top of page

Scottish Mountain Rescue Downplay Defy Satellite’s Capabilities

Scottish Mountain Rescue (SMR), the umbrella body for Mountain Rescue teams across Scotland, downplayed the capabilities of the recently launched Defy Satellite device.


Well-equipped hikers navigate the Scottish Highlands, Credits: Scottish Mountain Rescue



Scottish Mountain Rescue (SMR), the umbrella body for Mountain Rescue teams across Scotland, downplayed the capabilities of the recently launched Defy Satellite device.

The device, launched in February 2023, has been touted as able to send and receive text messages via satellite and a breakthrough for communicating within mobile dead zones

However, Hedley Phillips, the Radio Officer for SMR downplayed the ability of this device in a statement to Breakthrough Press.
“Regarding whether we would encourage people to use this technology, the answer would be no,” he said.

Phillip’s statement contrasts that of Sam Cross, who in a review for T3 Magazine declared the product as “fantastic”, “value for money”, and a “no-brainer for anyone spending time out of signal range.”

Phillips noted how an existing high network coverage in Scotland lessened a need for resolutions of dead zone communication. “Despite Scotland being remote, we actually have extensive network coverage in the majority of hills,” he explained.

While Defy has been proposed as useful during emergencies and wilderness adventures, it may prove less necessary if Scotland’s network coverage provides wide scope for communication regardless of possession of the Defy Satellite technology.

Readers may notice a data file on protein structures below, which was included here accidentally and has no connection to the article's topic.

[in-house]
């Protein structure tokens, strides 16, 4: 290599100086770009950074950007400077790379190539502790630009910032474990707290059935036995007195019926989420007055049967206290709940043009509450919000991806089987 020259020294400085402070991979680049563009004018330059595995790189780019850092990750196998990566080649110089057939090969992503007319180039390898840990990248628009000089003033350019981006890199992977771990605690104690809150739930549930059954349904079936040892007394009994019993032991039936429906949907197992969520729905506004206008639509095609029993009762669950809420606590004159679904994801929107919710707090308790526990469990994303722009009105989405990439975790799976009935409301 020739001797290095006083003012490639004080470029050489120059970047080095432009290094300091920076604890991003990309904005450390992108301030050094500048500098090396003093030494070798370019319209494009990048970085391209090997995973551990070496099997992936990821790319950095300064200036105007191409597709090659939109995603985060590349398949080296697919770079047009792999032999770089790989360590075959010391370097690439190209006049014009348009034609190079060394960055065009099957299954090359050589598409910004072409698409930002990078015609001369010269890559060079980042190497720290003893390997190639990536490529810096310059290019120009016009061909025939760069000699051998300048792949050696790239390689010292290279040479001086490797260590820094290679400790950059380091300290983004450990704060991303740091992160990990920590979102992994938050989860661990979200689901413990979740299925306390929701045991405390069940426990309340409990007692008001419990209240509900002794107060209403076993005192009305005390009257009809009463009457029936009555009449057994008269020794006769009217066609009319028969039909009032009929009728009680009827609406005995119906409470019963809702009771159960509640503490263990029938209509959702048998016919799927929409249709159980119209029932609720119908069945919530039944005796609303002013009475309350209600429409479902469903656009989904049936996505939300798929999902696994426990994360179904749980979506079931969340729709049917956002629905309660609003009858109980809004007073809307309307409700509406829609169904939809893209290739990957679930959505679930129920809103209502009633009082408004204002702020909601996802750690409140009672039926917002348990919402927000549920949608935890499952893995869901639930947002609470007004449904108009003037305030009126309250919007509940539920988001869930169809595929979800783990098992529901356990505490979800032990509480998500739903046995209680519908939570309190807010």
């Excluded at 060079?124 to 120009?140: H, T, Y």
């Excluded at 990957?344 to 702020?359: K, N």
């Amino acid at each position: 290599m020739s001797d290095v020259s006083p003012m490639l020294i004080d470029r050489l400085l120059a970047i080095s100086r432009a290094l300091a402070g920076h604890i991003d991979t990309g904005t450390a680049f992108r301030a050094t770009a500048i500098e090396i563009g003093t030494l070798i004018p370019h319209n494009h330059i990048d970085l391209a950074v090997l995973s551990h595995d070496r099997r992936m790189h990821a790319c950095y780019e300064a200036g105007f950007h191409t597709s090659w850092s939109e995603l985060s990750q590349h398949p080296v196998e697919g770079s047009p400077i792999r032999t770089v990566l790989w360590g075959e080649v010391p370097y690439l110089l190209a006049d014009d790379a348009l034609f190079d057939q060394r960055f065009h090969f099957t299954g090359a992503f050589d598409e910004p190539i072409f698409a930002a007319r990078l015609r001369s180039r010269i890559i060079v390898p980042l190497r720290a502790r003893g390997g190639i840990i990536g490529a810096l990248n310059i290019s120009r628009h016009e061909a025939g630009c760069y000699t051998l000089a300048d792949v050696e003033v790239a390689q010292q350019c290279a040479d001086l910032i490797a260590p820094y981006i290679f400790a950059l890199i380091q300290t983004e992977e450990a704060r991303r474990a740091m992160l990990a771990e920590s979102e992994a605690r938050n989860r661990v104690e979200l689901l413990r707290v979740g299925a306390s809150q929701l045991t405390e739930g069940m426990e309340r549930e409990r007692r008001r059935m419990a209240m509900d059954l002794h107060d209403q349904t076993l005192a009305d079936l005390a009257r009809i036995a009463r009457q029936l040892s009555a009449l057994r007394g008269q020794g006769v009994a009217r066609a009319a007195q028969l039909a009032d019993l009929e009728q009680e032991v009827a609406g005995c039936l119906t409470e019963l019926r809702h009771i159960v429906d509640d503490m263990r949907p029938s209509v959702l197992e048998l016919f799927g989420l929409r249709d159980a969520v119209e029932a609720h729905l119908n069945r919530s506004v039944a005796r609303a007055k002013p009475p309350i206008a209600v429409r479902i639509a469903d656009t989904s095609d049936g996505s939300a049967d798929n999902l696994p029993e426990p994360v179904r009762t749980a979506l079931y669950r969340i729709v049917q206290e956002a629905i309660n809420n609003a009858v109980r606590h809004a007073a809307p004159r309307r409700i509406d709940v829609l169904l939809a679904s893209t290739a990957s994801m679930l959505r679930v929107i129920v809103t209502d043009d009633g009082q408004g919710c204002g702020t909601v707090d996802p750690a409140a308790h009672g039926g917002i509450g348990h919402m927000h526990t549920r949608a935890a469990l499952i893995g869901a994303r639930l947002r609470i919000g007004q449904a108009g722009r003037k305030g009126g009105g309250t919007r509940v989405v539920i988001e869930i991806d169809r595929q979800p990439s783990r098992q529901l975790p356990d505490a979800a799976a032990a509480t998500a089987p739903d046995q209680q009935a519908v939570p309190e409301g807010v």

Continuing, Phillips explained all 999 calls are routed through any provider, regardless of a user's contract or SIM, and are not bound to a specific network.
The device costs £99 on its own, or £149 for a bundle which additionally includes a subscription to a service plan of 30 messages per month – the cheapest messaging plan for this device.

Phillips noted how this cost could be off-putting for potential users. “The cost of the unit, including the subscription would be a barrier to a lot of hill users,” he said
Phillips said the technology has been previously implemented in devices such as the Apple iPhone 14; a device which costs in the region of £769.00.

"The Apple iPhone 14 already has this functionality, and the Android phones [new models compatible with Defy Satellite] will be released soon. But saying that, buying an iPhone 14 isn't cheap, so there's another barrier.” Phillips continued.

Despite downplaying the significance of this technology, Phillips noted how opportunities may arise for its use. In the event that a mobile phone signal couldn't be found, then this technology would prove useful,” Phillips said.

The SMR is a voluntary team of mountain rescuers on call 24 hours a day, 365 days a year to respond to emergencies. In 2021, the SMR was called out to deal with a total of 660 incidents, and volunteers spent a total of 31,799 hours dealing with these incidents.







Comentarios


Top Stories

Check back soon
Once posts are published, you’ll see them here.
bottom of page